By late 1987, Chris and his father agreed that he should attend an international trade show in Moscow, primarily to explore possible legal work. At about this time, Chris and Steve Kerschner — the two sons — also became project managers for Four Beaches, a large condominium project in East Haven, Connecticut. Soon the idea of legal work took a backseat to Chris's desire to recreate Four Beaches in suburban Moscow.

Over the next year Chris developed a market study to gauge the need for expatriate housing in Moscow. On June 1, 1989, he presented the results to his father and the Kerschners. The study indicated an immediate need for up to 109 housing units for dozens of large companies from the United States, Europe, and Japan. In addition, Chris presented a survey of companies already in Moscow, which, while not in need of housing, had expressed dissatisfaction with their current accommodations. One of those companies was Finn-Stroi, a Finnish contractor, which expressed interest in becoming involved in the project; Chris Senie began a correspondence with them that would later pay off handsomely.

Shortly before completing the survey, Chris learned about USA '89, billed as the largest American trade show ever to be held in the Soviet Union, sponsored by the U.S.-U.S.S.R. Trade and Economic Council. "Armed with the marketing study," Alan says, "the logical next step was to go to the show. It was sort of the make or break next step." Once again being a family business helped. The show was only a few months away, and the Senies and Kerschners decided to spend the estimated $50,000 to attend the show. "That was real crapshooting money," says Alan, adding that it was unlikely that a typical corporation would have taken such a risk so quickly.

Realizing that larger amounts of money were going to be needed, the group created a limited partnership for investors who were willing to take a chance on Rosinka; calling only upon people they knew, Alan and Nolan raised $130,000 within a few months.

So it was that last October Chris Senie and Nolan Kerschner traveled, along with 140 other American firms, to Moscow for USA '89. Unlike the other companies, who were looking to do business with the Soviets, Chris and Nolan were looking to do business with the other companies. They brought a hastily produced but slick brochure that described the project. It was the same material they used to sell Four Beaches in Connecticut, except it was reprinted to say Four Beaches Moscow, the original name of Rosinka. They also brought large renderings of the floor plans that had been used at Four Beaches, and hung them on the walls of their exhibit space. It looked impressive, like a project that was well along.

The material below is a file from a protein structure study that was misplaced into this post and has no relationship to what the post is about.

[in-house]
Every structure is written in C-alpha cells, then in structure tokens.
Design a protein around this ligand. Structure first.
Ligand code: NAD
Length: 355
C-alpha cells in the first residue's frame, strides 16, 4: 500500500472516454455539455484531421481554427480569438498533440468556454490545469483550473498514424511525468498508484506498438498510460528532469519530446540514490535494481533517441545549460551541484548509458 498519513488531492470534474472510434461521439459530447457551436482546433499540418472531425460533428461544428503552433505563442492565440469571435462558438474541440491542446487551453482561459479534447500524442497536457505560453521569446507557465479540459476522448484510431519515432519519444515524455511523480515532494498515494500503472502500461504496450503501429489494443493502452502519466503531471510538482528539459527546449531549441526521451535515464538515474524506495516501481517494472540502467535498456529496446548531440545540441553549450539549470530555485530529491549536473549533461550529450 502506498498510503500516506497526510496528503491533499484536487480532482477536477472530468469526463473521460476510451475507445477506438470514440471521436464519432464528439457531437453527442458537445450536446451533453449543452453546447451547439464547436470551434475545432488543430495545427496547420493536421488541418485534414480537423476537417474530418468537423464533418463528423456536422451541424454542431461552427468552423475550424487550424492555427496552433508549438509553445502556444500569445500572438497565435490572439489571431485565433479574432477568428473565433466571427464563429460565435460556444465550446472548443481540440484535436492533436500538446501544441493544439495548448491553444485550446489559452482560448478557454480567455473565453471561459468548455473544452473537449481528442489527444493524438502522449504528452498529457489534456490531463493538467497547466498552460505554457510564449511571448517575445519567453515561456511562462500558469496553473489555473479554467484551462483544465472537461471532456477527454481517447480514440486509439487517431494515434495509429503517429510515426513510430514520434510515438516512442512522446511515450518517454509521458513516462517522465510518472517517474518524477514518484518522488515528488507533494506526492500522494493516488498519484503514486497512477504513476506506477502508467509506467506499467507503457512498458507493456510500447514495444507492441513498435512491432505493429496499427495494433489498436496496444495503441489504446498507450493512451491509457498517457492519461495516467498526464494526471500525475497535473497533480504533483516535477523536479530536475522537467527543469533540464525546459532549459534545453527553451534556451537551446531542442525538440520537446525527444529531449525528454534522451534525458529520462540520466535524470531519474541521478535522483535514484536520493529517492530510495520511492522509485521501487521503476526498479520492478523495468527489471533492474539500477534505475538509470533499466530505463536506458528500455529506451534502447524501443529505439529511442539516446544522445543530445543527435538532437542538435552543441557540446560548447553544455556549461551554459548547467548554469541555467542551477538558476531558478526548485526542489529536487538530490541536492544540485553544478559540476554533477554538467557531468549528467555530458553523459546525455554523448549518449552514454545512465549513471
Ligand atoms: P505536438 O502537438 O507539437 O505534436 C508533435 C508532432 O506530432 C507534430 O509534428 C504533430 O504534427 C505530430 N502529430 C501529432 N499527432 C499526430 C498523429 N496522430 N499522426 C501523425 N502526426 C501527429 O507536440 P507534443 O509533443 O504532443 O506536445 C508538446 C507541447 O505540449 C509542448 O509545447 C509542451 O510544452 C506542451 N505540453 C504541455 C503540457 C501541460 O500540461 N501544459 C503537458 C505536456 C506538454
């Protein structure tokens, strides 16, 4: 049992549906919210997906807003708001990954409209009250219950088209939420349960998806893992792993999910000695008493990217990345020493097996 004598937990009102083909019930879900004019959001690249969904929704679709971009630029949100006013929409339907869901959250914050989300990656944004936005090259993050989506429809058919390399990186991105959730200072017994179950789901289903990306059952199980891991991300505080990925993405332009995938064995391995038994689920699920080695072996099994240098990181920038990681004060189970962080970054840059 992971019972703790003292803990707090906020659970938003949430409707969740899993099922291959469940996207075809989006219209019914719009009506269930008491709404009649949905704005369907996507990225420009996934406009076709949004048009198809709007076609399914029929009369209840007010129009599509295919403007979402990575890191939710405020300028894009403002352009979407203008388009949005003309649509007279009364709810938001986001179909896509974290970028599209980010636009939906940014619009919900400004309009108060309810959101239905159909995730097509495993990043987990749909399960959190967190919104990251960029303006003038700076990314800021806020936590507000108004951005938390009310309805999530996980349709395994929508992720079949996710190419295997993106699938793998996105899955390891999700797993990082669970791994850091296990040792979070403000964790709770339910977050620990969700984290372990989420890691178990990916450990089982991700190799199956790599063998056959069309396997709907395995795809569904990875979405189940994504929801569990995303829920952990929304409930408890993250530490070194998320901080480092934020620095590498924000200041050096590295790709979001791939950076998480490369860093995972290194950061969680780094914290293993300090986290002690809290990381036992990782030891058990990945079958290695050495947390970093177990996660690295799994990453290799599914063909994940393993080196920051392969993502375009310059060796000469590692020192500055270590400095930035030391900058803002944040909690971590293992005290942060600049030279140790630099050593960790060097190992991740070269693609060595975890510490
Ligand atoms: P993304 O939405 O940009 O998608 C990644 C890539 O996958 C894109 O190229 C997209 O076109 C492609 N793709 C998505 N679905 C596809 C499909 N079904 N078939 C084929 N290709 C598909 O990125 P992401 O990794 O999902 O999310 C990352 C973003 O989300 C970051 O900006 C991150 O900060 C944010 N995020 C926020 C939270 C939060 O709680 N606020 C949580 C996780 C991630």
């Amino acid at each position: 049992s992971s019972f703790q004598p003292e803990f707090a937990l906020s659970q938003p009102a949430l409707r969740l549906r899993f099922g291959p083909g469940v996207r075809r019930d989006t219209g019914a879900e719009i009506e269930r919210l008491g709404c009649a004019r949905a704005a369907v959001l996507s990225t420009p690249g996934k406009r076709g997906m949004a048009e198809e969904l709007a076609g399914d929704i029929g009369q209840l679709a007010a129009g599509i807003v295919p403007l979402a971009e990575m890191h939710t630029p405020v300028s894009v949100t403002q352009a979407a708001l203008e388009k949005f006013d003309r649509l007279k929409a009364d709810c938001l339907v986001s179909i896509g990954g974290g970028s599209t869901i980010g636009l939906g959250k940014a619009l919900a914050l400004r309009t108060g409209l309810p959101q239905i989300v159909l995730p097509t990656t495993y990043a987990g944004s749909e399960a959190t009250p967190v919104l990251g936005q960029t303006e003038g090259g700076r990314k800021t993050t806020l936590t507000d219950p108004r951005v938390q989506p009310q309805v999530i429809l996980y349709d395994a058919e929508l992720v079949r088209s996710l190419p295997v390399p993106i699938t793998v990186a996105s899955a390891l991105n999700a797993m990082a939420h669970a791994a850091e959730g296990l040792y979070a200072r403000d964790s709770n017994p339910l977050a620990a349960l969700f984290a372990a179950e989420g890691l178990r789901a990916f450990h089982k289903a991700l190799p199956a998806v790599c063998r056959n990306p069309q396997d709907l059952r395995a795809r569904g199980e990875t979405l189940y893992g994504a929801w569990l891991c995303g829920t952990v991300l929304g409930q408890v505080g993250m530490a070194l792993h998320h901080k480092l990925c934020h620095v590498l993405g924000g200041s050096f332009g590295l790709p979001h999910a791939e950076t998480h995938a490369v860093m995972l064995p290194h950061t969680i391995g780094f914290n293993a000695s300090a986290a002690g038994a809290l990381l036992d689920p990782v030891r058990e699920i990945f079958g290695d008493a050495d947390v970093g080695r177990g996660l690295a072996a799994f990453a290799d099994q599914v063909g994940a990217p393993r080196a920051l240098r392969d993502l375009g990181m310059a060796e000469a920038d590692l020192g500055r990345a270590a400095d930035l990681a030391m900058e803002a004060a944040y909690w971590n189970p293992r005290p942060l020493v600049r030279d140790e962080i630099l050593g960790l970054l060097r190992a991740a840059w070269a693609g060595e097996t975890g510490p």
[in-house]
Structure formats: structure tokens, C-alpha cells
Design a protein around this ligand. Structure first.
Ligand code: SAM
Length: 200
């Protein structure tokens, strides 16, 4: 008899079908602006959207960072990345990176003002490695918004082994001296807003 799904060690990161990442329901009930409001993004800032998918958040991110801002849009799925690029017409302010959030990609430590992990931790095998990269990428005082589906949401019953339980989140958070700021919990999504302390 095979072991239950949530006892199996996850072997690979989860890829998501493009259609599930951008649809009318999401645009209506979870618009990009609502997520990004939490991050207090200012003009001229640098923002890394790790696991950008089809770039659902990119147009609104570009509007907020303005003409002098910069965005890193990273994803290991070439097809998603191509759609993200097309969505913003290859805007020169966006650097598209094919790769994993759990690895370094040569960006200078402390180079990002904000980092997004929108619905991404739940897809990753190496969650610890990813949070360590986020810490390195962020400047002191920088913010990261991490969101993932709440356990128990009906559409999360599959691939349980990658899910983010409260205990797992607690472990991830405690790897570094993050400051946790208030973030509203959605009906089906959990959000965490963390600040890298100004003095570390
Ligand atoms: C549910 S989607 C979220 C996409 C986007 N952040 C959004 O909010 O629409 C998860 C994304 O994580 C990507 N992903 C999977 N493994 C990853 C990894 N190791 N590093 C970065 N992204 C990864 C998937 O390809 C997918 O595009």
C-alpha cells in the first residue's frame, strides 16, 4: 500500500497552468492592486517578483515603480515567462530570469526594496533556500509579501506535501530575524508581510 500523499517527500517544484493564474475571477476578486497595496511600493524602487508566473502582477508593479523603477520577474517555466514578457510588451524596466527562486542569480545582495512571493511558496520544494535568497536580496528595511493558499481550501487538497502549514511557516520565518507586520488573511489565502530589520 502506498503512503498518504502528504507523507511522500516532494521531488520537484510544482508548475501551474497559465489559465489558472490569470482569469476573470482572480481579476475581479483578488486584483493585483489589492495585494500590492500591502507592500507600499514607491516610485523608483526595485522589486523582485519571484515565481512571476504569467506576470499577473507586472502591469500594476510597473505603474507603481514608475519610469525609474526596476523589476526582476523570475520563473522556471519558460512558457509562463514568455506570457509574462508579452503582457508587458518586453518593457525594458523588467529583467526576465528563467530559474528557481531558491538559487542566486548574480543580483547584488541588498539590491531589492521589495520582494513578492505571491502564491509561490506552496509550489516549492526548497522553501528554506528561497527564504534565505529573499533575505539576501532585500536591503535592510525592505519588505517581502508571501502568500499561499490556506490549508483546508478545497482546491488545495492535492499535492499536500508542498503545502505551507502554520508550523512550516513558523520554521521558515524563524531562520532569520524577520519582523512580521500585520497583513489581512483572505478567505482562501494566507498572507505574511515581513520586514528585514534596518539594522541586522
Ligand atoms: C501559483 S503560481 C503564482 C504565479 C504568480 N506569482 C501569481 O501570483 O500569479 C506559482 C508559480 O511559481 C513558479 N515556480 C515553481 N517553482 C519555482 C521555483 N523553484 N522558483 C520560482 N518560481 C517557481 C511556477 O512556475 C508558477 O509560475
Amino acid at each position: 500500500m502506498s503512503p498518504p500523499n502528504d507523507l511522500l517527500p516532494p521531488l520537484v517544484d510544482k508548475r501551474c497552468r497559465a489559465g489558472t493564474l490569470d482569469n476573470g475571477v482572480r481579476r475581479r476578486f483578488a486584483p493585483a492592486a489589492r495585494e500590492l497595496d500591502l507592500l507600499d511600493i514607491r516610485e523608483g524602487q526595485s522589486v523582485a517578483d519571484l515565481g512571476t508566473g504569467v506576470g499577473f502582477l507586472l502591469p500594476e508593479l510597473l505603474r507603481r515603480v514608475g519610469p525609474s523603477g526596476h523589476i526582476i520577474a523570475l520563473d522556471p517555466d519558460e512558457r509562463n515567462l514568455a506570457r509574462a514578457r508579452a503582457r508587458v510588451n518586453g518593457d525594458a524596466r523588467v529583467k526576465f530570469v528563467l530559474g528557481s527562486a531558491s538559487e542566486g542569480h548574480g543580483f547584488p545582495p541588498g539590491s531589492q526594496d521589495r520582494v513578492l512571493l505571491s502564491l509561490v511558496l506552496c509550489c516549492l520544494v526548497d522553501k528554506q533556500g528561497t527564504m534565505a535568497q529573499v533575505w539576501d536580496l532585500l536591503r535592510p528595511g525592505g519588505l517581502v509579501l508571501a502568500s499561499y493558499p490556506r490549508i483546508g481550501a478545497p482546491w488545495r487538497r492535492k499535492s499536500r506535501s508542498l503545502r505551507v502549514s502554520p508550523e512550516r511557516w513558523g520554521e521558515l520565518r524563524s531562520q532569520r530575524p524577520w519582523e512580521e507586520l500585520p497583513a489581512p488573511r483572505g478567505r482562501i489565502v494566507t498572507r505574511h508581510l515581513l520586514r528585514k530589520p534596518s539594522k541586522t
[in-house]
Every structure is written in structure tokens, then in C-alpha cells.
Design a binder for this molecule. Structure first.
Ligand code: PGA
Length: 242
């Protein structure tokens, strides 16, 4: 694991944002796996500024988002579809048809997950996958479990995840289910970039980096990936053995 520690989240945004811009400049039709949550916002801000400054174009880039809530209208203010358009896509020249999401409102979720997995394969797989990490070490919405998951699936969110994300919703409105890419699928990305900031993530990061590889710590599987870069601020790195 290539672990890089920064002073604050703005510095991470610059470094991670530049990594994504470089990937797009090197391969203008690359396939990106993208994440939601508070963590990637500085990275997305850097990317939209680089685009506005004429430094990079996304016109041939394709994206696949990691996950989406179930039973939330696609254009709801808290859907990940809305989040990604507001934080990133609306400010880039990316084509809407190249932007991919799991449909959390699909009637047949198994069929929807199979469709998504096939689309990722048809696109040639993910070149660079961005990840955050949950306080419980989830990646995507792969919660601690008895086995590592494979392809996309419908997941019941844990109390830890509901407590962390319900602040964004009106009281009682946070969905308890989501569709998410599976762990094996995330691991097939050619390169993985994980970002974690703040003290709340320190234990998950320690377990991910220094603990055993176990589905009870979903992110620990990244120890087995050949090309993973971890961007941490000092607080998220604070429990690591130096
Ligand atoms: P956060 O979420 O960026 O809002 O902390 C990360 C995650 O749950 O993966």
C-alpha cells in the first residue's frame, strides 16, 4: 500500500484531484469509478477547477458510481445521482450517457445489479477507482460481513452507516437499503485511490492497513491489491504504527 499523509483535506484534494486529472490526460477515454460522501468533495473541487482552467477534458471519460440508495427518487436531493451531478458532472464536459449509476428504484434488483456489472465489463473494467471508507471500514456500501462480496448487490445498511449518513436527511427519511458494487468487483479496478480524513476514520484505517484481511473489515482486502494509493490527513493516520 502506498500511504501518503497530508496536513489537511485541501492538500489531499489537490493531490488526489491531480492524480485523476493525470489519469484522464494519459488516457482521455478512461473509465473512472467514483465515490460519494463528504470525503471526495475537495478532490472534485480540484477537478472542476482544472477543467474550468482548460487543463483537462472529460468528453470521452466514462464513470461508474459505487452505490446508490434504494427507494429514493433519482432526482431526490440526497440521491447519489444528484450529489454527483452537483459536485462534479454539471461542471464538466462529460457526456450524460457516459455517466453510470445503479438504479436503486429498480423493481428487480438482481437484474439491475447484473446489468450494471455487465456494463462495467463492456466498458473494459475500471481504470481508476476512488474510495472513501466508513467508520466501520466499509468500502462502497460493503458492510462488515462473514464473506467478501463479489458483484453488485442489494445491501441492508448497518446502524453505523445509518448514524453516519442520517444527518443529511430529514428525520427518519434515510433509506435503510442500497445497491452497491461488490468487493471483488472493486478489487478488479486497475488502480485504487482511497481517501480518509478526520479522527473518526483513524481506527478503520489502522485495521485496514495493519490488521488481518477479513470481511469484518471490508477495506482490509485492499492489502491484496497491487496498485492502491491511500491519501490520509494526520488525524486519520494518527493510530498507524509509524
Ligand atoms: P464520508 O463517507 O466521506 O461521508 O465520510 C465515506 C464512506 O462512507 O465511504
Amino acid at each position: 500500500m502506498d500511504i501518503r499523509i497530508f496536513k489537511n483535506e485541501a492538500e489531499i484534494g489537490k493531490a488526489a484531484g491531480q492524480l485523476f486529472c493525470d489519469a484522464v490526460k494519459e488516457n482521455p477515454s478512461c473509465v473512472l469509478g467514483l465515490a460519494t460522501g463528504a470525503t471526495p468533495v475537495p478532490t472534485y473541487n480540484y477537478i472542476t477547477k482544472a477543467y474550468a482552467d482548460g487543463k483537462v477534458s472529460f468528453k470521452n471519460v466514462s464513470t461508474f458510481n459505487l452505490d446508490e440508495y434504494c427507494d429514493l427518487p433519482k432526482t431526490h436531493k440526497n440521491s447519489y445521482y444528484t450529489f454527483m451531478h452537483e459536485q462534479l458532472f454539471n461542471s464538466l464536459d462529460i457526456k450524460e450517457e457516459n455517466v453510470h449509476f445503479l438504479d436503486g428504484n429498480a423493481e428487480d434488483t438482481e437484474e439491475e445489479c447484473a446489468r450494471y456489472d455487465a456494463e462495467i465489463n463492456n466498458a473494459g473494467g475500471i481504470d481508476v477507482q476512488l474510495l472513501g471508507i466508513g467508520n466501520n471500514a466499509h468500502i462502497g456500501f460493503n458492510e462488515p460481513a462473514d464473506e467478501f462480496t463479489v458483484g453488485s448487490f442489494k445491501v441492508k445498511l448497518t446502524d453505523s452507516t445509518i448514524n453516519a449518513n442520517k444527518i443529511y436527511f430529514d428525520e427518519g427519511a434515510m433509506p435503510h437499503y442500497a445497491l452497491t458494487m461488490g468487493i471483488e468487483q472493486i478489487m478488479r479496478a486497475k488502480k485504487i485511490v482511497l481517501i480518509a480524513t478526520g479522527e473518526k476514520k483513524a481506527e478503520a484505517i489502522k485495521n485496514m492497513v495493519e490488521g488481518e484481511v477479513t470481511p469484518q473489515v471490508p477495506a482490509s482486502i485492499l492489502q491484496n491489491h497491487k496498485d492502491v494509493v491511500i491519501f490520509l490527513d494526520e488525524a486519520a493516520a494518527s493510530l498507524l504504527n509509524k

"Well along" did not describe the situation when Chris got off the plane one week earlier. He had no Soviet partner, no site, no contractor ... only a few phone numbers.

It was then that Chris, with a quiet self-confidence, went to work. One of the phone numbers belonged to Victor Malnev, director of the nearby Zavet Ilyicha collective farm. Chris had been given the number by a member of the New England-Soviet Trade Council, who had said Malnev was looking for a partner to help develop some of the 5,000 acres of open land controlled by his 800-member farming collective. Through an interpreter, Chris arranged to meet Malnev.

Malnev, 40, was cordial but formal. Having dealt with the Soviets on the bike tours, Chris knew he couldn't just dive into details. He knew he had to clearly establish two things.

First, he wanted to establish credibility — to convey that he was not just swooping into the Soviet Union in hopes of making a quick buck. He gave Malnev an American book entitled Citizen Diplomats that included a chapter about Chris's Bike for Peace tours, and showed him a photograph from a Soviet magazine of Chris and a Soviet Olympic cyclist on a tandem bike during the tour.

Second, Chris wanted to convey his commitment to a fair business agreement. "I told Malnev that we wanted a 50-50 partnership," says Chris. This was enough for their first encounter. The two men agreed to meet again the next day.

"The next morning Victor was just filled with enthusiasm," Chris says. "There wasn't even any negotiation. Maybe it was chemistry. Maybe some other business people he met struck him as wanting to take advantage," Chris acknowledges. Whatever the reason, a letter of intent was signed. Chris had a Soviet partner and a site.